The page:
In a podcast with Brené Brown, President Obama spoke of the challenges leaders face in decision-making. He commented that the higher you are in the organizational structure, the more frequently you are confronted with issues that don’t have an easy answer. “If there was a perfect answer,” he said, “someone else would have already solved it.” The goal then becomes to make better decisions and to eliminate bad answers.

One way to accomplish this is through what Obama called the “ability to hold the discomfort of paradox.” He extoled the virtues of being able to deal with ambiguity and to “see paradoxes, but not be paralyzed by them.” Many perspectives may be true and even valid, but the leader must still make a decision even though it will not solve all the issues or make everyone happy.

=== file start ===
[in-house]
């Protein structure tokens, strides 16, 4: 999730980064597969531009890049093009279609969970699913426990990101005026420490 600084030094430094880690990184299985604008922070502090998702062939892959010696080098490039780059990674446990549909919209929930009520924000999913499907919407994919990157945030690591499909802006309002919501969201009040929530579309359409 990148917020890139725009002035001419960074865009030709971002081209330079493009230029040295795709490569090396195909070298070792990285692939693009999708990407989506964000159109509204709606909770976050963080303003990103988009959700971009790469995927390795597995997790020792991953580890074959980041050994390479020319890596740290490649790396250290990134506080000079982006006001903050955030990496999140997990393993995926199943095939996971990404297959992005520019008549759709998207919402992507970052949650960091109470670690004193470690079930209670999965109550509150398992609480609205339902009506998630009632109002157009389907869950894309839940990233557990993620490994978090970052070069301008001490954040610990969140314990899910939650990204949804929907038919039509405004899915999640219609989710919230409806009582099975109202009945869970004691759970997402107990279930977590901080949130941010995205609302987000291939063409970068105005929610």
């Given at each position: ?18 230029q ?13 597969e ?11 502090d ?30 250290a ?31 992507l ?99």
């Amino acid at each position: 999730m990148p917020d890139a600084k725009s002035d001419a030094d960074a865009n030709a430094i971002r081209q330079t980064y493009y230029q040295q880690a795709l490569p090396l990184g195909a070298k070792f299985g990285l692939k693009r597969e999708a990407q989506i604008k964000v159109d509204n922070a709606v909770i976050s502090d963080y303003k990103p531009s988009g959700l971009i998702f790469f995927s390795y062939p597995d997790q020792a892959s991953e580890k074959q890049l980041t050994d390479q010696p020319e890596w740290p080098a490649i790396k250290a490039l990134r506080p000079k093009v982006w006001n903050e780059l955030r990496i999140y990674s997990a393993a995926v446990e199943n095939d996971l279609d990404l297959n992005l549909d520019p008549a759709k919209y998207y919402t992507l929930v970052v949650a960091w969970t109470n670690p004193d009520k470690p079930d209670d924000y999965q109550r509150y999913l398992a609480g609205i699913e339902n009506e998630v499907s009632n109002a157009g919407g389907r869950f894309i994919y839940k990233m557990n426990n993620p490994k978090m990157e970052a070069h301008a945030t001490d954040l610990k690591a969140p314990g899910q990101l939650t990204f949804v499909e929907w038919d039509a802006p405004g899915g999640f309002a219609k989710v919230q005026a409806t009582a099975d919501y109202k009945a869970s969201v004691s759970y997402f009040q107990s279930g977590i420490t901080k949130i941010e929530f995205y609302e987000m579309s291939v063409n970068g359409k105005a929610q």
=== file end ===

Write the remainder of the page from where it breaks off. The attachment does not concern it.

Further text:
Consider all the time that you have spent wrestling with alternatives in your mind, going back and forth as you try to find an ideal solution to a problem that vexes you. Obama’s point is that a solution may not even exist that meets all your criteria. The best you can hope for is to identify the pain points and benefits – and then to act in spite of that duality.

Source: President Barak Obama with Brené Brown on the Dare to Lead Podcast (Spotify) December 7, 2020

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